This article originally appeared in Issue 35:1 (Sept/Oct 2011) of Fanfare Magazine
MUSSORGSKY Pictures at an Exhibition. SCHUBERT Piano Sonata in B♭ • Yongmei Hu (pn) • DREAMMAKERS 12024 (75:02)
Yongmei Hu began her piano studies at the tender age of five, progressing rapidly enough to be a soloist at the Shanghai Spring Festival by the time she was 10. Emigrating to the U.S., she studied with Nathan Schwartz, Aube Tzerko (the former assistant to Artur Schnabel), and the well-known Russian pedagogue Vitaly Margulis. She has also worked with András Schiff, Leon Fleisher, Richard Goode, and Győrgy Sebők, so her pianistic pedigree is a good one. Her talent has gained her tours through Russia, the Czech Republic, and China. Zubin Mehta became her mentor, praising her musical insight.
The present CD features her in two staples from the pianistic repertoire. By now, Pictures at an Exhibition seems to have gained the status of a rite of passage for many young pianists, and may be coupled with the well-known Schubert Sonata in B♭, D 960, for that reason alone (there are not many couplings of Schubert and Mussorgsky, needless to say).
The Schubert sonata receives a well-considered and -finessed reading, full of poetry and emphasizing the sunny side of Schubert’s congenial musical personality. The repeated triplets in the first movement lack the Sturm und Drang approach that a pianist such as Sviatoslav Richter would bring to them and to the sonata as a whole, but I find her approach to the work quite appealing. If you want a reading full of Gemütlichkeit, this would be a good version for you to consider. Her passagework is cleanly executed and nicely phrased.
After hearing her Schubert, which begins the CD, I was a bit worried that she would bring the same approach to Mussorgsky, which would definitely be inappropriate. I need not have worried: Her Pictures is just about everything that a picky reviewer of this work could desire. The felicitous touches she brings to the work are too numerous to enumerate in toto, but I note that she is one of the most careful performers I have ever heard of this work when it comes to the observation of dynamics and the precise lengths of notes. In “Gnomus,” the contrast in the iterations of the repeated passage between measures 19 and 28 is simply gorgeous, and her sudden outbursts in measure 54 and parallel places are spectacularly frightening. I must also note the beautiful singing melody she produces in “Il vecchio Castello,” and the careful distinction she makes of the occasional dotted notes in the left hand of that movement (as in, for instance, measures 14 and 15). The Schmuÿle section of “The Two Jews” is slower than one usually hears, but nevertheless effective. Her “Great Gate” provides as rousing a climax to the work as that of any pianist I know. I could cite many more beautiful touches she brings to this work.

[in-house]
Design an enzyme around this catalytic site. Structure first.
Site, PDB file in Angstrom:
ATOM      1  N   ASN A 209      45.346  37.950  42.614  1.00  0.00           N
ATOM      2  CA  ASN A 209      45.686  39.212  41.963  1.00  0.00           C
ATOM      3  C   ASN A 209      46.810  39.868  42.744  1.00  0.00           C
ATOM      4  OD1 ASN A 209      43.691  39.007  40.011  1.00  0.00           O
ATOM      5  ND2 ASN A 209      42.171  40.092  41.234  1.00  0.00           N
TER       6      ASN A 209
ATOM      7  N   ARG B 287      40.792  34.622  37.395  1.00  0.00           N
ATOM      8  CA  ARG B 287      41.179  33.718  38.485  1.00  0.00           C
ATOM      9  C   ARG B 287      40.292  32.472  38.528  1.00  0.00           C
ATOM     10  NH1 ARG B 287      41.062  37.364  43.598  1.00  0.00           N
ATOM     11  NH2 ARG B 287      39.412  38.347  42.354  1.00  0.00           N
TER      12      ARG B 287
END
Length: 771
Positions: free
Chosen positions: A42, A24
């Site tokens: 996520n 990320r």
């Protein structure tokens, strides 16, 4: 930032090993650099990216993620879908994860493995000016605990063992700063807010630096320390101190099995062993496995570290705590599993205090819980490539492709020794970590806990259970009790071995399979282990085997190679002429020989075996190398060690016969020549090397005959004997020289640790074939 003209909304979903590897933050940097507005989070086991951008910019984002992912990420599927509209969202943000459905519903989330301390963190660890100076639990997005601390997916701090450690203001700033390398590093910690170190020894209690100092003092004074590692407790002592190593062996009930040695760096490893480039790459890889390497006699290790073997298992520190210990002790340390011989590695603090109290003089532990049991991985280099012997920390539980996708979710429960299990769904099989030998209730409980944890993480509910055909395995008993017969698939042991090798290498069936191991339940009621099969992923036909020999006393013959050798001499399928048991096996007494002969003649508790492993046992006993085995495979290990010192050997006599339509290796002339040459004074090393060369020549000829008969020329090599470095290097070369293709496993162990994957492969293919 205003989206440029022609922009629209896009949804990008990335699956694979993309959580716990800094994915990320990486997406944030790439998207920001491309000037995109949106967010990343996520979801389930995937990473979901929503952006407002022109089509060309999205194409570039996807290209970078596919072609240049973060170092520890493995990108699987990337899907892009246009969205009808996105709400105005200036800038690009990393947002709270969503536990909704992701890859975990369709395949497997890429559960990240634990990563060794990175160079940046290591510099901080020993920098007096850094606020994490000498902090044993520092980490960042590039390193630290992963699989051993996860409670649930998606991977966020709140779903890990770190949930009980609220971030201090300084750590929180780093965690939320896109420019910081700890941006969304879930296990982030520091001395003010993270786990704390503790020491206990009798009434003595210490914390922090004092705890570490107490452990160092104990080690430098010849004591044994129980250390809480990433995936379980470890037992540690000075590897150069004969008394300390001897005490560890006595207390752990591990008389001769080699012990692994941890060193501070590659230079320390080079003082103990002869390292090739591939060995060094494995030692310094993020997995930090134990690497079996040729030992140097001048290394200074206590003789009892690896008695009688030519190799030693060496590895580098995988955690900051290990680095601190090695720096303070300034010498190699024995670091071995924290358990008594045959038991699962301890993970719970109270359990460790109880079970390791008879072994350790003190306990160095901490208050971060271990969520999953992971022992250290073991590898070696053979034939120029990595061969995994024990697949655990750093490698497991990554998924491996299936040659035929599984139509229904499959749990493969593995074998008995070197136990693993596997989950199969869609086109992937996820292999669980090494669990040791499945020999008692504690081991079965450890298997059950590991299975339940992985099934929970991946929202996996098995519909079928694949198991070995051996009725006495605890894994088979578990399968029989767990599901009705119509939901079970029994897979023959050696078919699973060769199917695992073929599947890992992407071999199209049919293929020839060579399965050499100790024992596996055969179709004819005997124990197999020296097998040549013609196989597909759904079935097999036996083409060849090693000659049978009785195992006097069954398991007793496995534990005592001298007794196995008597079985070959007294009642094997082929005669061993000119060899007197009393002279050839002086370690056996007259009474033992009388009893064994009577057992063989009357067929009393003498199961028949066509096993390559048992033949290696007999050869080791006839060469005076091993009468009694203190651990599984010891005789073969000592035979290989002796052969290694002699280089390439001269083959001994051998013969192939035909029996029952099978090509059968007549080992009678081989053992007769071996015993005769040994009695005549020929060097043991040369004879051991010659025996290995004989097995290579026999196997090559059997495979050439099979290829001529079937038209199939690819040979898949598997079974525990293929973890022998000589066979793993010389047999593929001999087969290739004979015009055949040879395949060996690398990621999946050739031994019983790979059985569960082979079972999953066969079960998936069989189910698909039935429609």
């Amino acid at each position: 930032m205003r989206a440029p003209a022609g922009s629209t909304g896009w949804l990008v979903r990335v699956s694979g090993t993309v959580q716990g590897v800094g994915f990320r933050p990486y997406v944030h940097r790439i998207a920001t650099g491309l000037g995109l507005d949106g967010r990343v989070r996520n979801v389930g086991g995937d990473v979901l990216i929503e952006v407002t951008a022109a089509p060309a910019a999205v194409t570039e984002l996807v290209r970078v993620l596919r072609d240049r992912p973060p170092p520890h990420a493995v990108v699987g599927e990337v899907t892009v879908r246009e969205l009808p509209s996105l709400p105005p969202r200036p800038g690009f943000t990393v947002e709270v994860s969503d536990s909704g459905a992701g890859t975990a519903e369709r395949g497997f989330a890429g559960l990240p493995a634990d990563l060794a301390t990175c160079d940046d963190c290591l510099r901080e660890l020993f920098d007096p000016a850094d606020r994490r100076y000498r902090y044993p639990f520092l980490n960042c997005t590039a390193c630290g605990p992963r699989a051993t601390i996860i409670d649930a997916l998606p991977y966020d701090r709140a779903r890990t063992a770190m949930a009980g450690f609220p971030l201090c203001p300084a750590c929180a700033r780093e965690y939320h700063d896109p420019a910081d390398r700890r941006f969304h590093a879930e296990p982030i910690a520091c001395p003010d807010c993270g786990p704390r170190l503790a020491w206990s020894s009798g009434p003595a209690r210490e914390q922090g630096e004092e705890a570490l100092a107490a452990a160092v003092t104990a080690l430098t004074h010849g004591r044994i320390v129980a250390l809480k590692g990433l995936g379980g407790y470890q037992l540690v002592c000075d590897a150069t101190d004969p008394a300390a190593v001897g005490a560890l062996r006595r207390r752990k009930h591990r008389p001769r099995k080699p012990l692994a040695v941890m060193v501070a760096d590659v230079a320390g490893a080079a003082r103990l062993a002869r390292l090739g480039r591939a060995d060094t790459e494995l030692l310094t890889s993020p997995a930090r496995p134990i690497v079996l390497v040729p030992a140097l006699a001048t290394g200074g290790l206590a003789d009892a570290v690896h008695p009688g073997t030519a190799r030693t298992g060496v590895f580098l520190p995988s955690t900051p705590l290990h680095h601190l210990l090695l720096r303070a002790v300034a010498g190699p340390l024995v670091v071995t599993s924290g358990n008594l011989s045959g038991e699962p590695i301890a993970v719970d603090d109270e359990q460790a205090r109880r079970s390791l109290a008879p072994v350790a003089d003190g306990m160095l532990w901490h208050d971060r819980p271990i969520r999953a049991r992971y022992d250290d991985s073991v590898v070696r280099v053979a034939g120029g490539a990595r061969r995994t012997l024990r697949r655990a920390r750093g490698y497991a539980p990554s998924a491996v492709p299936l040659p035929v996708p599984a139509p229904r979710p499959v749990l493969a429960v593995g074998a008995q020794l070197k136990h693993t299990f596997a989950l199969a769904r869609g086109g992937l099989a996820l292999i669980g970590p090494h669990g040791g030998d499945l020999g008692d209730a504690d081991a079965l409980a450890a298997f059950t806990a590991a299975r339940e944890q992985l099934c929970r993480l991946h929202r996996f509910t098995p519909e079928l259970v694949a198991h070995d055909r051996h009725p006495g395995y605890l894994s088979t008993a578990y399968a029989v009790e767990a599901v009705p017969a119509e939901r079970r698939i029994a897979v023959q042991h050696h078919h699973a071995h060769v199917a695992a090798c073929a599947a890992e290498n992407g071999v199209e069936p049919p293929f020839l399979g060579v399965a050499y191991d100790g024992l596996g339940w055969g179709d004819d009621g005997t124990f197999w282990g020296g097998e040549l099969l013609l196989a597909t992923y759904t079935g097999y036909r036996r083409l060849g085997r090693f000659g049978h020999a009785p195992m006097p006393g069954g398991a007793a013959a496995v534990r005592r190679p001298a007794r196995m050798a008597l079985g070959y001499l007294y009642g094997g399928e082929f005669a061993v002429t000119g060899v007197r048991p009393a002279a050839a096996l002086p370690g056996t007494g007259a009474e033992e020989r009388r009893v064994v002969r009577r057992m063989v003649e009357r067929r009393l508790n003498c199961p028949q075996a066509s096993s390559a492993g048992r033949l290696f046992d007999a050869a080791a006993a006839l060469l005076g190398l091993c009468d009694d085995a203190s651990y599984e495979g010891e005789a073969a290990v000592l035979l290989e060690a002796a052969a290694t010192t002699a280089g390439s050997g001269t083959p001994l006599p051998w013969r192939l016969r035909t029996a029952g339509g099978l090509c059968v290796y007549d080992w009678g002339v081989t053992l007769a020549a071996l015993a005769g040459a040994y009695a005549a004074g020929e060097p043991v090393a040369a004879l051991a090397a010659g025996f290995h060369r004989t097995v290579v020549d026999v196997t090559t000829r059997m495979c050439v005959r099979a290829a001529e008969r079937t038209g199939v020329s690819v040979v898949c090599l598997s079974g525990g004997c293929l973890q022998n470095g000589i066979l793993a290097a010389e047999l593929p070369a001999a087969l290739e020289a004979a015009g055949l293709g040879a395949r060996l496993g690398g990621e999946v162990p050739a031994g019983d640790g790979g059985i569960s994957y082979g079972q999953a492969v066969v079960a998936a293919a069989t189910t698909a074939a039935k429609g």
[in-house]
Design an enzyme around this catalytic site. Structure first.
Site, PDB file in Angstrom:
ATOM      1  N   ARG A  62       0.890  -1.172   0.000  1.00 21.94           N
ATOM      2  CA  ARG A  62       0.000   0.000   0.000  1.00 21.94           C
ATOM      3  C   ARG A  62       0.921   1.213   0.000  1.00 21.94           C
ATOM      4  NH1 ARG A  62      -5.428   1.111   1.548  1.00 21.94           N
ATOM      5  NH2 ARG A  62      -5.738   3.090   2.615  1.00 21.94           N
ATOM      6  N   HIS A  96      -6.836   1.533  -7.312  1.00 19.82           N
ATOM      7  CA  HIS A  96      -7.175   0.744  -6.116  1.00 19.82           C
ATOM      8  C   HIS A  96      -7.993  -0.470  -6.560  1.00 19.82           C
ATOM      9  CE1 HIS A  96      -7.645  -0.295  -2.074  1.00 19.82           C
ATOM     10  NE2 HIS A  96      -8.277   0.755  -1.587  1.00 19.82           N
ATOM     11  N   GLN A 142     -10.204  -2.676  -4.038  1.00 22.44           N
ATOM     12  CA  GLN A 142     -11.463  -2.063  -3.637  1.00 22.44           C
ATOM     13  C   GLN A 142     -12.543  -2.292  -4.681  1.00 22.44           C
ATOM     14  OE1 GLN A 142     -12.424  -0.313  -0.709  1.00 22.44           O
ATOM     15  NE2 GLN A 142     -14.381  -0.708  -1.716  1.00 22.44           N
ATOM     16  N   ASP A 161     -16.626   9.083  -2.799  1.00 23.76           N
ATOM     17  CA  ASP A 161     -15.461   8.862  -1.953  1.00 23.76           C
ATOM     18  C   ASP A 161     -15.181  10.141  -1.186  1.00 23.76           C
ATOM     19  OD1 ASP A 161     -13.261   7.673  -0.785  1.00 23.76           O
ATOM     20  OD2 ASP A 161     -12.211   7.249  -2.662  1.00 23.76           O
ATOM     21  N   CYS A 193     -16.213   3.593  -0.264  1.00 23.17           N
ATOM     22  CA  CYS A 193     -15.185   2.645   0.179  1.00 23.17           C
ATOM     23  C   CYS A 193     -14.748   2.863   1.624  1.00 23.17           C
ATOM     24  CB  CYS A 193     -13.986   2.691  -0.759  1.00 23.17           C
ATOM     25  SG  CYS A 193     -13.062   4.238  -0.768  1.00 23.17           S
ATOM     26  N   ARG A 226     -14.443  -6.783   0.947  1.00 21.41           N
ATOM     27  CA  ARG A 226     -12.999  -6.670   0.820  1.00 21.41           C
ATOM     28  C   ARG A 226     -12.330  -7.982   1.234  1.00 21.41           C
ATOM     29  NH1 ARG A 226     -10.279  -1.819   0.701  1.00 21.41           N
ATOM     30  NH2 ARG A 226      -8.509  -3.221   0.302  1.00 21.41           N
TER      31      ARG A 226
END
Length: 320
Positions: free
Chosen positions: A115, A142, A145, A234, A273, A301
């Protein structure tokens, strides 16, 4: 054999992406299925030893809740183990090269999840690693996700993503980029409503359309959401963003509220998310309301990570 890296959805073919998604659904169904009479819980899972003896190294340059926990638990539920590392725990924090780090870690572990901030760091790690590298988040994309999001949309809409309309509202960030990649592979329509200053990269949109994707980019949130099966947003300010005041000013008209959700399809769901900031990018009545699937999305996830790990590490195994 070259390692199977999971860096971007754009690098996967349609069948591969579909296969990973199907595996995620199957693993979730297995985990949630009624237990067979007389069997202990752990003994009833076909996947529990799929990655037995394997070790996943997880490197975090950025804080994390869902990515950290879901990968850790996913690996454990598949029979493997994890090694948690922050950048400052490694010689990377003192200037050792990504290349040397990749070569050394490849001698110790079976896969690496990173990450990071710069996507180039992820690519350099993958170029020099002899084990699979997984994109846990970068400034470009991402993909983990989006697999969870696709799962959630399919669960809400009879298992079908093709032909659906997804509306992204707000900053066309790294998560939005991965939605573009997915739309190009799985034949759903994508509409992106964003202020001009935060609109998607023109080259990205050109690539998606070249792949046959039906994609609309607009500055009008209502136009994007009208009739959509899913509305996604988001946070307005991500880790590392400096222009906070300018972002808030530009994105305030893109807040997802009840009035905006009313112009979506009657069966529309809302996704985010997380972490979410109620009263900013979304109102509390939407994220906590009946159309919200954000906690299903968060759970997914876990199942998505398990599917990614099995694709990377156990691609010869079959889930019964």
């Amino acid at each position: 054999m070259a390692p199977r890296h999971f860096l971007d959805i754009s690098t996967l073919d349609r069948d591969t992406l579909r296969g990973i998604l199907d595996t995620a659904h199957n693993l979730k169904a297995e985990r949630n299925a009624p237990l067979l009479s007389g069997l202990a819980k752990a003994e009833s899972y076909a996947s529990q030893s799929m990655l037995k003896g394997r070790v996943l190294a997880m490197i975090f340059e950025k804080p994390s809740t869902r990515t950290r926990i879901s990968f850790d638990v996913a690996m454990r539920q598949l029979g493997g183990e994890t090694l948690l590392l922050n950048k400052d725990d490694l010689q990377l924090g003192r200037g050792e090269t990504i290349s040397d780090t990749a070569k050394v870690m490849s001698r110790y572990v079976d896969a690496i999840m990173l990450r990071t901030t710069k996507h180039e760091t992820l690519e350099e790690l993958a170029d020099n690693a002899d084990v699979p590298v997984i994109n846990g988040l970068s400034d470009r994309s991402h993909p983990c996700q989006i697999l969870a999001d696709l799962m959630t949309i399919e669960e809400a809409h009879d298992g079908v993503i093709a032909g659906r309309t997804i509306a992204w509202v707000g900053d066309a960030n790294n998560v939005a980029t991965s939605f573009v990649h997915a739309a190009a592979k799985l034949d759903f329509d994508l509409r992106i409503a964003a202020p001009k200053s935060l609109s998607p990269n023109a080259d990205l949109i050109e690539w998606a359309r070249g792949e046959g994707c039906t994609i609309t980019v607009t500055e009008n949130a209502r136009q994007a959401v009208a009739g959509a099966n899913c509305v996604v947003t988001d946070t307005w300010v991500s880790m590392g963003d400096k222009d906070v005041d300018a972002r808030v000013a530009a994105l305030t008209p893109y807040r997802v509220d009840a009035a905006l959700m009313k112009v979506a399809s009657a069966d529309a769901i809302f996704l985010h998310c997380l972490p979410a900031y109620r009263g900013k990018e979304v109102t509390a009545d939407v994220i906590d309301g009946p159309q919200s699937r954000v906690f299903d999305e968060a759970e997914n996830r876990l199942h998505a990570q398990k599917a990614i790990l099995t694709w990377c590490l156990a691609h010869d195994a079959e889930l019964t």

There are a few faults, the chief of which is the edition of the piece that she uses. I’m not sure which one it is, but it incorporates many of the mistakes and/or changes that Rimsky-Korsakov imparted to the work when he had it published in 1886. Many of these found their way into subsequent editions. Among these are the substitution of a B for the A♯ in the left hand of measure 98 (a particularly grating change, since it destroys Mussorgsky’s beautiful descending line there), substitution of C♮ for C♭ on the second beat of measure 22 in “The Two Jews” (again destroying a gorgeous chromatically descending line), playing E♮ in the last beat in the right hand of measure 18 of the fifth promenade (it is properly E♮ in the corresponding place in the succeeding measure), and so forth. Oddly, however, one of the best-known of Rimsky’s changes, the adjusting of Mussorgsky’s fortissimo at the beginning of “Bydło” to piano, she brings back to Mussorgsky’s original dynamic. Other minor flaws in her rendition are the lack of breathless urgency in “Limoges,” a very common failing among many pianists who have recorded otherwise superlative renditions of the work, and too much pedal in measures 25ff of “Baba-Yaga.”
These defects do not keep this recording from being a very fine rendition of the work, which is in many places as fine as that of any pianist I’ve heard.
Because of the extremely stiff competition for these works, I would not promote this CD as necessarily the one to rush out and buy for either of them, but for those interested in fine new pianists in the younger generation, this CD is well worth exploring. One could do far worse than the recordings of the two pieces on this disc, and they are good enough to reside on your shelf as your only recordings of these two works, if this particular item would fill such a lacuna in your collection.
David DeBoor Canfield